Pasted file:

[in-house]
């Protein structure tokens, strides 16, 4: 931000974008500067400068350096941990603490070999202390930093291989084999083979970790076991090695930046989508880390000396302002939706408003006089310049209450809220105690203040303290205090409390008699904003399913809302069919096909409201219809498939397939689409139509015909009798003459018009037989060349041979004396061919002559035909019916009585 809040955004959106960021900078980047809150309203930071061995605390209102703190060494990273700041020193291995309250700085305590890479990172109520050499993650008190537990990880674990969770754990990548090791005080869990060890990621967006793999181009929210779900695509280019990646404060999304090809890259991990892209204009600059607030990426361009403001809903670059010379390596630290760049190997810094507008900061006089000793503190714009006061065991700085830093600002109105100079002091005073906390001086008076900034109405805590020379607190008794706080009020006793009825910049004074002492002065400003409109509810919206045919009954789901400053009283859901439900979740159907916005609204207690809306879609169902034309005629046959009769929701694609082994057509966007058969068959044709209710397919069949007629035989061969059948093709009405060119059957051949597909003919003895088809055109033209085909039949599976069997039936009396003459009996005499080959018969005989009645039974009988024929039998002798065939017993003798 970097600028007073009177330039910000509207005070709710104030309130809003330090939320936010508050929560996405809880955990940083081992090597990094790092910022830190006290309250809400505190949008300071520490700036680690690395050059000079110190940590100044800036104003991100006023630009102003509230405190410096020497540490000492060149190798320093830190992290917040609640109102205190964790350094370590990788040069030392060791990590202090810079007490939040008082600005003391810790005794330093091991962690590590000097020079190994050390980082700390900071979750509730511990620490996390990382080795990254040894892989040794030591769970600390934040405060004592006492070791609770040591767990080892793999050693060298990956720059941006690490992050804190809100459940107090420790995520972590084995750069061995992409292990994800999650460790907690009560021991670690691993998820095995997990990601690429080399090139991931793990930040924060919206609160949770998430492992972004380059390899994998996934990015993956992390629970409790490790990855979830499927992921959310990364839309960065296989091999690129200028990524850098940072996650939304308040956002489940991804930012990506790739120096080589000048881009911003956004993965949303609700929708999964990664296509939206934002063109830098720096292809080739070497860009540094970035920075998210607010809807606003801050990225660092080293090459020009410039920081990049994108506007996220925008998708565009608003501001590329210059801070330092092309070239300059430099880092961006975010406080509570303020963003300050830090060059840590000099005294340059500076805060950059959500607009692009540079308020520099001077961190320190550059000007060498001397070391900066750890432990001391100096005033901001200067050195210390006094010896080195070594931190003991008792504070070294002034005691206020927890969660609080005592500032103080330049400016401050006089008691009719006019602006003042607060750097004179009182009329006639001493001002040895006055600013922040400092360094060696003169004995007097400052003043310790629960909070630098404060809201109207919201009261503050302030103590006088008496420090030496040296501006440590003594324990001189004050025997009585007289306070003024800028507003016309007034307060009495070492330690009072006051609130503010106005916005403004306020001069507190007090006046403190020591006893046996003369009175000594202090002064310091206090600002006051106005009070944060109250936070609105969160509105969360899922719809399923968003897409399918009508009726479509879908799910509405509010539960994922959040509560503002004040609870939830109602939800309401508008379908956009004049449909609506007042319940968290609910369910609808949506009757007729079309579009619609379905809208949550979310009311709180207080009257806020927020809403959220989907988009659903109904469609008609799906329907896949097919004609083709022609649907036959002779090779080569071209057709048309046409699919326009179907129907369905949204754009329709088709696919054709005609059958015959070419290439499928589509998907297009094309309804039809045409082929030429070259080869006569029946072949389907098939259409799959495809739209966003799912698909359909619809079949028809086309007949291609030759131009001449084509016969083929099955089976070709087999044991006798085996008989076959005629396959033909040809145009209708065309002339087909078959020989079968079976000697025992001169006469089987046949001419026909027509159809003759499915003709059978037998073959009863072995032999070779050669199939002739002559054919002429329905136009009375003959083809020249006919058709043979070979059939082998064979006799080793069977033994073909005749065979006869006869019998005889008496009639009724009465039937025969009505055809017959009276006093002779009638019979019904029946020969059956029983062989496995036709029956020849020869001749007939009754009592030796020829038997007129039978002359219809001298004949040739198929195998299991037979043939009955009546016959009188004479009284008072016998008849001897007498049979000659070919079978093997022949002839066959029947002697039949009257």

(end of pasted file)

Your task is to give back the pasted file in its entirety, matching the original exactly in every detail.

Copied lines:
[in-house]
């Protein structure tokens, strides 16, 4: 931000974008500067400068350096941990603490070999202390930093291989084999083979970790076991090695930046989508880390000396302002939706408003006089310049209450809220105690203040303290205090409390008699904003399913809302069919096909409201219809498939397939689409139509015909009798003459018009037989060349041979004396061919002559035909019916009585 809040955004959106960021900078980047809150309203930071061995605390209102703190060494990273700041020193291995309250700085305590890479990172109520050499993650008190537990990880674990969770754990990548090791005080869990060890990621967006793999181009929210779900695509280019990646404060999304090809890259991990892209204009600059607030990426361009403001809903670059010379390596630290760049190997810094507008900061006089000793503190714009006061065991700085830093600002109105100079002091005073906390001086008076900034109405805590020379607190008794706080009020006793009825910049004074002492002065400003409109509810919206045919009954789901400053009283859901439900979740159907916005609204207690809306879609169902034309005629046959009769929701694609082994057509966007058969068959044709209710397919069949007629035989061969059948093709009405060119059957051949597909003919003895088809055109033209085909039949599976069997039936009396003459009996005499080959018969005989009645039974009988024929039998002798065939017993003798 970097600028007073009177330039910000509207005070709710104030309130809003330090939320936010508050929560996405809880955990940083081992090597990094790092910022830190006290309250809400505190949008300071520490700036680690690395050059000079110190940590100044800036104003991100006023630009102003509230405190410096020497540490000492060149190798320093830190992290917040609640109102205190964790350094370590990788040069030392060791990590202090810079007490939040008082600005003391810790005794330093091991962690590590000097020079190994050390980082700390900071979750509730511990620490996390990382080795990254040894892989040794030591769970600390934040405060004592006492070791609770040591767990080892793999050693060298990956720059941006690490992050804190809100459940107090420790995520972590084995750069061995992409292990994800999650460790907690009560021991670690691993998820095995997990990601690429080399090139991931793990930040924060919206609160949770998430492992972004380059390899994998996934990015993956992390629970409790490790990855979830499927992921959310990364839309960065296989091999690129200028990524850098940072996650939304308040956002489940991804930012990506790739120096080589000048881009911003956004993965949303609700929708999964990664296509939206934002063109830098720096292809080739070497860009540094970035920075998210607010809807606003801050990225660092080293090459020009410039920081990049994108506007996220925008998708565009608003501001590329210059801070330092092309070239300059430099880092961006975010406080509570303020963003300050830090060059840590000099005294340059500076805060950059959500607009692009540079308020520099001077961190320190550059000007060498001397070391900066750890432990001391100096005033901001200067050195210390006094010896080195070594931190003991008792504070070294002034005691206020927890969660609080005592500032103080330049400016401050006089008691009719006019602006003042607060750097004179009182009329006639001493001002040895006055600013922040400092360094060696003169004995007097400052003043310790629960909070630098404060809201109207919201009261503050302030103590006088008496420090030496040296501006440590003594324990001189004050025997009585007289306070003024800028507003016309007034307060009495070492330690009072006051609130503010106005916005403004306020001069507190007090006046403190020591006893046996003369009175000594202090002064310091206090600002006051106005009070944060109250936070609105969160509105969360899922719809399923968003897409399918009508009726479509879908799910509405509010539960994922959040509560503002004040609870939830109602939800309401508008379908956009004049449909609506007042319940968290609910369910609808949506009757007729079309579009619609379905809208949550979310009311709180207080009257806020927020809403959220989907988009659903109904469609008609799906329907896949097919004609083709022609649907036959002779090779080569071209057709048309046409699919326009179907129907369905949204754009329709088709696919054709005609059958015959070419290439499928589509998907297009094309309804039809045409082929030429070259080869006569029946072949389907098939259409799959495809739209966003799912698909359909619809079949028809086309007949291609030759131009001449084509016969083929099955089976070709087999044991006798085996008989076959005629396959033909040809145009209708065309002339087909078959020989079968079976000697025992001169006469089987046949001419026909027509159809003759499915003709059978037998073959009863072995032999070779050669199939002739002559054919002429329905136009009375003959083809020249006919058709043979070979059939082998064979006799080793069977033994073909005749065979006869006869019998005889008496009639009724009465039937025969009505055809017959009276006093002779009638019979019904029946020969059956029983062989496995036709029956020849020869001749007939009754009592030796020829038997007129039978002359219809001298004949040739198929195998299991037979043939009955009546016959009188004479009284008072016998008849001897007498049979000659070919079978093997022949002839066959029947002697039949009257």